Jeffrey has taught as an adjunct professor at the Queen’s University Institute of Policy Studies and the University of Ottawa Law School. He is senior fellow at the University of Ottawa Graduate School of Public and International Affairs. He was a juror for the Charles Taylor Prize for non-fiction books in 2008 and for the Cundill Prize for history in 2011, 2012 and 2017. He is also a member of the Trilateral Commission.

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Christopher  Waddell 


Christopher Waddell is an associate professor and director of Carleton University’s School of Journalism and Communication in Ottawa. He also holds the school’s Carty Chair in Business and Financial Journalism.

He joined Carleton in July 2001 after 10 years at CBC Television News. From 1993 to 2001, he was the network's Parliamentary Bureau Chief in Ottawa. From 1995 to 2001 he was also Executive Producer News Specials for CBC Television, responsible for all national news specials and federal and provincial election and election night coverage during those years.

Between 1984-91 he was at the Globe and Mail where he served in a number of positions including reporter in Report on Business, economics reporter in Ottawa covering among other things the Canada-US free trade negotiations, Ottawa bureau chief in the 1988 federal election In the period from 1990-91 he was associate editor and then national editor of the paper.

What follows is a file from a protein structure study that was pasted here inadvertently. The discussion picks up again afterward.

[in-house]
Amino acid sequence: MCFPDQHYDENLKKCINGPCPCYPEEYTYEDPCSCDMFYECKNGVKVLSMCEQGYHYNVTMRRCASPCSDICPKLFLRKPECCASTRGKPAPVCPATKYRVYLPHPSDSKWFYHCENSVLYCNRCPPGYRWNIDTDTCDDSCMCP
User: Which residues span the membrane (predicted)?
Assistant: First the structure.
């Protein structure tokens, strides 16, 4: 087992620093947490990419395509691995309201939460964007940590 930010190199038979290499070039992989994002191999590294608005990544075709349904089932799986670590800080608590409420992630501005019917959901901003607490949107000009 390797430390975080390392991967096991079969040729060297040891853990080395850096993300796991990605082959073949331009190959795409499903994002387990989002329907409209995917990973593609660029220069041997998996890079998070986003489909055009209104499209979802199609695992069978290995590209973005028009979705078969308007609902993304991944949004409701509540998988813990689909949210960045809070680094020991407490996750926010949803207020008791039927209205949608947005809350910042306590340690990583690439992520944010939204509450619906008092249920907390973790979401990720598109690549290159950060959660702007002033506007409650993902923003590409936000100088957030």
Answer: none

He has won two National Newspaper Awards for business reporting and programs he supervised at CBC Television won six Gemini awards for television excellence.

He received a Ph. D in Canadian history from York University in Toronto in 1981, completing a thesis on price and wage controls and consumer rationing in Canada in World War II.

With David Taras of Mount Royal University in Calgary he is the editor of and a contributor to How Canadians Communicate IV: Media and Politics published in May 2012 by Athabaska University Press and How Canadians Communicate V: Sports to be published by Athabaska in 2014.

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Brad Wall

Brad Wall served as the 14th Premier of Saskatchewan. Winning majorities in 2007, 2011 and 2016 he was Premier for 10 years until retiring from politics in early 2018.

Under Wall’s leadership, the Saskatchewan party secured over 60% of the popular vote in both 2011 and 2016, the highest vote percentages in Saskatchewan history.

Wall’s government implemented an ambitious goal-oriented growth plan in 2007, updated in 2012. The plan focused the government on competitive taxes (historic reductions in income tax, property tax and small business tax), effective but efficient regulations, balanced labor laws, historic and strategic infrastructure investment, diversification through innovation (first ever patent box innovation tax incentive in North America), as well as international engagement and export promotion.